Seascape Fantasy

An artist must have vision — not the ordinary, brain-controlled, physical quality we know as sight — but an imaginary vision that comes from somewhere within. We have to be able to see what isn’t there, to conjure up images that go beyond our limited human perception, and then we must find a way to capture what we alone can see and find a way to bring it out and expose it to the real world.

Great artists have this talent. Beginning artists may also have the ability to see the unseen, but others — like me — must work to develop our vision and the ability to look within.

This imaginary seascape scene is one such attempt. It comes from several days of indecision and uncertainty.


As far as paintings go, it isn’t much, but despite its simplicity — or perhaps because of it — I like this painting. For once, I was able to stop, turn, and walk away from my easel before I destroyed all that I liked.

Now, let me tell you the story of this painting. This particular canvas panel has been many things in its short life. It was first a beach with bits of grass and driftwood here and there. I hated it and threw it into the recycle bin. Next, it was a sunset sky overlooking the ocean. I loved the sky but hated the water, and the colors weren’t good. Next it became a rather odd-looking tree which was quickly wiped away. It was very briefly an ugly attempt at an abstract oil. Not a good idea, I decided. I wiped everything away again and started over.

As I looked at the canvas and wondered what to do with it, old memories came to mind. I recalled a sunset seascape watercolor painting I’d done last summer. I thought about recreating the scene in oil.

I began by creating the sky, and I added in the ocean and rocky shore. Next, I worked on the foamy waves rolling in, and then I stepped back. Although I could see the completed scene with the rocks and buildings in the background, I didn’t see any reason to add them. I actually liked the painting as it was. It’s unfinished, I suppose, but that incomplete quality lets me use my imagination freely.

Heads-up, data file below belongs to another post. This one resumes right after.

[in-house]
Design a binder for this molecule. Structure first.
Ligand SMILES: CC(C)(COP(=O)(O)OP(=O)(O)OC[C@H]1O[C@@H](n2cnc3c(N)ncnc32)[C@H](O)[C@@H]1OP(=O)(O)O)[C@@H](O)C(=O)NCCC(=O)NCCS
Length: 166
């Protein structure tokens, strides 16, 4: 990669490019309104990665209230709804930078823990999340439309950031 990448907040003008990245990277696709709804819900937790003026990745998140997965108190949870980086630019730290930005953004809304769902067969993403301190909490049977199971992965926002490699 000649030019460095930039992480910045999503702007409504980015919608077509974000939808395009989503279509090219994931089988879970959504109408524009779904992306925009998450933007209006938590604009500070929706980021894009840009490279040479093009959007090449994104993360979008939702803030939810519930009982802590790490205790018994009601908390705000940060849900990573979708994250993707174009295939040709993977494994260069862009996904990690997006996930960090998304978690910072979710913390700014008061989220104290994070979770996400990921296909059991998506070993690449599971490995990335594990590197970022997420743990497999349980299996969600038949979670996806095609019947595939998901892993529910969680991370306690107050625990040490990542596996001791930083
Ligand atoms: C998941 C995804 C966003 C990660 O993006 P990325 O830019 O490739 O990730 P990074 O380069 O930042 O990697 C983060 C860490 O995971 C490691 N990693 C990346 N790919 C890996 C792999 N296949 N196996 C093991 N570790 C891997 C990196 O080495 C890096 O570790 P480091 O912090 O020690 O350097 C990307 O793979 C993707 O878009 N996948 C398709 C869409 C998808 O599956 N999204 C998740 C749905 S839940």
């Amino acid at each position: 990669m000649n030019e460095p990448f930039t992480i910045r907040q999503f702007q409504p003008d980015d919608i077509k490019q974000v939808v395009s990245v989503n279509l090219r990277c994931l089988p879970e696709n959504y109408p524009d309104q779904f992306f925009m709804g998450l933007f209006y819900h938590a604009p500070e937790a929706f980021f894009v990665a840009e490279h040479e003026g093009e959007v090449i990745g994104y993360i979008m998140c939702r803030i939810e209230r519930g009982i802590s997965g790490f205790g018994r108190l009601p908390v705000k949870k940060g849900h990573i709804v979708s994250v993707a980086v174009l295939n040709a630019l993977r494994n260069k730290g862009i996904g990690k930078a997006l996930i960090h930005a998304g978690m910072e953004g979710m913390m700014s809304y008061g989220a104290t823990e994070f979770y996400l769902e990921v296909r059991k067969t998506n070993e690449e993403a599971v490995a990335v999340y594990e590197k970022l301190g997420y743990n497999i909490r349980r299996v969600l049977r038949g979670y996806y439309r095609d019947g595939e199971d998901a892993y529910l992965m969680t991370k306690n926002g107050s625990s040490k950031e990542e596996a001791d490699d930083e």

You might be able to tell that I did a little “tweaking” and attempted to add a bit of white to the sky to give a feeling of more light.I have since gone back and smoothed out the colors directly above the horizon.

There were any number of things I thought about adding to the picture. I might have added more shadows and crevices to the rocky shoreline at the bottom right. I even thought about adding a few sea birds in the sky.

Each time I picked up a brush, however, I stopped, looked again at the picture, and saw with my imagination a scene that I loved. I liked the simpleness. The unfinished quality about the painting allowed my imagination to see what could be there. I didn’t need to add anything.

In time, I hope I will be able to add more details to my paintings, but I’ve learned that there are times when details might actually spoil what the imagination sees. For me, this was one of those times.

I hope you, too, can look at this seascape and imagine all that might be there.


    1. Thank you. Yes, for some reason, I loved this painting just as it was without adding anything more to it. I can look at it and “see” so many things, even though they’re not really there. I was very pleased by it. I’m glad you liked it, too.

      Liked by 1 person

    1. Thank you, Cathy. I think as my style develops it’s going to be somewhere between abstract and representational, so maybe that’s one reason why I like this painting so much. It seems to be a lot of who I am. At least, it seems to be pointing me in the direction I hope to go.

      Liked by 1 person

  1. Very well put; that’s the beauty of nature… it has its own simplistic complexities that lures us to find our center. I like this piece. Very well done 😉

    Liked by 1 person

  2. You stopped at just the right place. I love the painting, and I believe part of what makes it perfect is the composition. Although the horizon line is a little to “in the middle” if one is going by the rules of composition. your placement of the foamy waves overcomes that completely, and the diagonal line gives this otherwise gentle, calm painting just enough movement to make it compelling. Nicely done.

    Liked by 1 person

    1. Thank you so much. I know what you mean about horizon lines being too much “in the middle”. That’s something I will be watching more in future paintings.


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